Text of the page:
A few hours after Kenya’s polling stations closed on Tuesday August 8th, the country’s Independent Electoral and Boundaries Commission began transmitting live results.
But even before it had a chance to complete the tallying process, the opposition candidate Raila Odinga and his National Super Alliance (NASA) disputed the credibility and fairness of the process, claiming that they had garnered 8.04 million votes against Uhuru Kenyatta’s 7.7 million.
These results differed widely from the official electoral figures which on Friday placed Kenyatta in the lead with 8.1 million votes, and Odinga in second place with 6.7 million.
History seems to be on the side of the Independent Electoral and Boundaries Commission: international observers – of which there were 400 at various stations on polling day – have by and large come out to say that the process was credible. If we take the practice of democracy as playing the game and abiding by the rules, then for Kenya the game is far from over.
In the end, the final judgement could be made by the country’s courts. The rules governing elections in Kenya are set down in the constitution which states that a candidate will be declared president if he or she has received more than half of all the votes cast in the election, and that at least 25% of the votes cast in each of more than half of the counties.
If indeed there is an election petition, both sides are heavily invested in the outcome. For Odinga it is do or die. He has unsuccessfully contested for the top seat three times. However, despite this being his last shot, he has maintained that legal recourse is not an option.
The future of his running mate Kalonzo Musyoka is also uncertain – results show that some of the candidates vying for gubernatorial seats on his Wiper party ticket were unsuccessful, thereby lowering his political party’s future value proposition.
For Kenyatta and Deputy President William Ruto the marriage of convenience is under pressure to continue for another five years to pave the way for Ruto’s succession.
Things that stood out
Despite the fears of post-election violence there was a lot of goodwill for this election to be a success. Campaigns for a “tribeless Kenya” and various activities that promoted peaceful elections were a part of the pre-poll fabric.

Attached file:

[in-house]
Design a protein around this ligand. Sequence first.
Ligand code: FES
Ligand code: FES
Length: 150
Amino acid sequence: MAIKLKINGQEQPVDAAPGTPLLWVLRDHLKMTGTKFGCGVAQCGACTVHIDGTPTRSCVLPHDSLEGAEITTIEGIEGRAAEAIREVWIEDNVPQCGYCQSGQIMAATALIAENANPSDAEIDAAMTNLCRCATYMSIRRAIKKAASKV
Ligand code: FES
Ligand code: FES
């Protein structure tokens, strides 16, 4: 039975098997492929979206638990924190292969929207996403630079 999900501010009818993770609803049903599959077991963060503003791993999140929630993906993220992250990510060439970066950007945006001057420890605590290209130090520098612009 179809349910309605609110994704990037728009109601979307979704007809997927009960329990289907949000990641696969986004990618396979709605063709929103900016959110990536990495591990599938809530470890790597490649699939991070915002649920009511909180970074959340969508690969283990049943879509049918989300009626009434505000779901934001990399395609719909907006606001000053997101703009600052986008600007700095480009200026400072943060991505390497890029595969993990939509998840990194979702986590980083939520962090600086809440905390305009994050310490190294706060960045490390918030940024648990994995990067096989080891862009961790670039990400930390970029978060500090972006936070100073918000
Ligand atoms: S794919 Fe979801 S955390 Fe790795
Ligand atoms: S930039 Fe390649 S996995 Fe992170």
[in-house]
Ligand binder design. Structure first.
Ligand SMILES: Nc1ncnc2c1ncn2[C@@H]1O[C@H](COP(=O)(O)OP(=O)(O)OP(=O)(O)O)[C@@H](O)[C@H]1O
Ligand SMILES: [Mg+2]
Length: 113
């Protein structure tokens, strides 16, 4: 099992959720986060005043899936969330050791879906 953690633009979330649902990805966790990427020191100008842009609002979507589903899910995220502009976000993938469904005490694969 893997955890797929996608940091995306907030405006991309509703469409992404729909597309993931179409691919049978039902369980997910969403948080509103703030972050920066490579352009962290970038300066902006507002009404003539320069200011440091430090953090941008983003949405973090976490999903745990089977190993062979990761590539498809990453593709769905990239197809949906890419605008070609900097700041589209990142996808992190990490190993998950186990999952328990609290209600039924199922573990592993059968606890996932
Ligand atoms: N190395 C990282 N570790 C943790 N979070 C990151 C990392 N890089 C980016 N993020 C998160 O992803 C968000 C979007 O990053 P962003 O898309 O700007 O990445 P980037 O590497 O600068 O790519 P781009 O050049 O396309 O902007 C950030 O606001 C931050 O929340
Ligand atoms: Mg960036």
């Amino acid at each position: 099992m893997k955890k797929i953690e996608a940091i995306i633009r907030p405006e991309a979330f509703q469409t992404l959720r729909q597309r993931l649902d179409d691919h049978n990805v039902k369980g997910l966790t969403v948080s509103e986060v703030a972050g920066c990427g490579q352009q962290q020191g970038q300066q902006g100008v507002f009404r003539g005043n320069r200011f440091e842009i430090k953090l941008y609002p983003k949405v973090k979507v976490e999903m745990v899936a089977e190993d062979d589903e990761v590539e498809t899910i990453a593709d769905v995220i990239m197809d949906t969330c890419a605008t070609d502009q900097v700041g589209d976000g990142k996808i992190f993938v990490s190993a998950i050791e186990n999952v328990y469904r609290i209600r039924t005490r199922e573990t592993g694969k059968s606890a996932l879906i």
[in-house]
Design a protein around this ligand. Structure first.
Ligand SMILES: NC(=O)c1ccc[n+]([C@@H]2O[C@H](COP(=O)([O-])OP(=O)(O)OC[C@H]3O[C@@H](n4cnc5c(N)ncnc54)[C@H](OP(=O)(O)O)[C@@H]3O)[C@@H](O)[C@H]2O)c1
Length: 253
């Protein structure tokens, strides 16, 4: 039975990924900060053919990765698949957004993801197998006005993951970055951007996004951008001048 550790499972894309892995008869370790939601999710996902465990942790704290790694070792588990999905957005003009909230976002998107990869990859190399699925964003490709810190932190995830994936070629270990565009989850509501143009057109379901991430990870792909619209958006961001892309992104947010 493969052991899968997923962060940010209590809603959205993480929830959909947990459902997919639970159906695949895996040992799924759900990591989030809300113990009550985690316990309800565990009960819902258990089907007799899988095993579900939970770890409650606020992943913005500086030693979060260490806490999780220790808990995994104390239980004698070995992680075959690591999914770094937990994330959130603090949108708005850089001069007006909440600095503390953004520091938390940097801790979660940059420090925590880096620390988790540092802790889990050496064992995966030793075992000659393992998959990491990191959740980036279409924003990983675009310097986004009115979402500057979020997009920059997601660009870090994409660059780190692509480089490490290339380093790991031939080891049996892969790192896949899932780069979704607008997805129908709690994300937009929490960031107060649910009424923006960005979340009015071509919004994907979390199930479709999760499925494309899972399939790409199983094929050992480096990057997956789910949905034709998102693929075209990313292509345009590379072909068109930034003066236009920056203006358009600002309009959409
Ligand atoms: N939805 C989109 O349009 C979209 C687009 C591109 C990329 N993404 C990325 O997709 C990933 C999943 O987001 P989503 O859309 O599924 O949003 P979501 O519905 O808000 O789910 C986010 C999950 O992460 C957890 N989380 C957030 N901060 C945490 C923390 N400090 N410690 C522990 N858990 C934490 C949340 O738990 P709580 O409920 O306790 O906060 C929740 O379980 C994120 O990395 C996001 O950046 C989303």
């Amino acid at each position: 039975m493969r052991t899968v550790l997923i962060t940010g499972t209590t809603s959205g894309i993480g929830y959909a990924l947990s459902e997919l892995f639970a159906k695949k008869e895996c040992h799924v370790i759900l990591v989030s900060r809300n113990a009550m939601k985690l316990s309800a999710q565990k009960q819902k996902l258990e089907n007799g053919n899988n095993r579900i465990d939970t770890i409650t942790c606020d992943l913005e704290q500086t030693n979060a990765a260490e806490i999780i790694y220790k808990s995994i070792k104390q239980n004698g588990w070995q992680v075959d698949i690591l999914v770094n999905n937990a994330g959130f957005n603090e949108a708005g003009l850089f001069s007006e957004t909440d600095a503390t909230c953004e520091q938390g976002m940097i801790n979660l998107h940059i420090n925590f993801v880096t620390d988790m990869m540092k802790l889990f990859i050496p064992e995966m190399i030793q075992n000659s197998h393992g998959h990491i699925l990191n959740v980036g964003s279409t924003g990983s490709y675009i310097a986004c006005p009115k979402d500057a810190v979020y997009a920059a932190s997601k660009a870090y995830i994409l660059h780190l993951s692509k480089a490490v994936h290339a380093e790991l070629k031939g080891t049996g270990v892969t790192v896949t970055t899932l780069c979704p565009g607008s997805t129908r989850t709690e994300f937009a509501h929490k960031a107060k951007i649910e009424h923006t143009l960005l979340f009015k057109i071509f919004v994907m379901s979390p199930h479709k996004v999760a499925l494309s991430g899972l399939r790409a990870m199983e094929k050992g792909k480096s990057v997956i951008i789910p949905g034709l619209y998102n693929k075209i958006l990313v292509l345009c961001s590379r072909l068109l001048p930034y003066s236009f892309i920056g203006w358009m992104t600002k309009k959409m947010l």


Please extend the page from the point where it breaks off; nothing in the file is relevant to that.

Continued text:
While there were multiple reports predicting violence, there was relative calm after voters had gone to the polls. And for the most part Kenyans have so far affirmed that no blood needs to be shed.
But there has been violence. Kenyans in low-income areas been caught up in deadly clashes with the police.
These incidents have been localised to opposition areas and the majority of Kenyans seem eager to return to normalcy. This resolve is being tested by the opposition alliance which announced on Sunday that it was preparing a post-election strategy. Many fear that this could heighten tensions further. The election, and its aftermath, provide an opportunity for Kenya to reflect on how the electoral process went and how, in the future, it can deal with complaints and inconsistencies better.
But there have been many positive reports on the election process. These, combined with what observers say was largely a free and fair election, have increased international confidence in Kenya’s election processes.
What was memorable
What will the 2017 election be remembered for?
The road to Canaan: The 2017 election was an incumbent election with polls consistently showing an incumbent win for Kenyatta. Nevertheless, the opposition colourfully portrayed their campaign as the Road to Canaan, with Joshua (their flag bearer Odinga) leading them to the Promised Land full of milk and honey. The biblical story of Joshua is of a military commander who takes the mantle from Moses. His mission is to take the Israelite tribes to the land of Canaan after 40 years of wandering. The story of Canaan is one of hope and the message resonated with many Kenyans.
The year of the independent candidate: Legislation that put a definitive end to party hopping after the party nomination process gave rise to the “big two” National Super Alliance and Jubilee Party coalitions.
In my opinion this legislation changed Kenya’s political landscape because smaller parties were swallowed up by the big coalitions. Many who tried to secure nominations from the Jubilee Party and National Super Alliance failed. They were therefore left no option but to stand as independent candidates if they wanted to keep alive their dreams of running for office.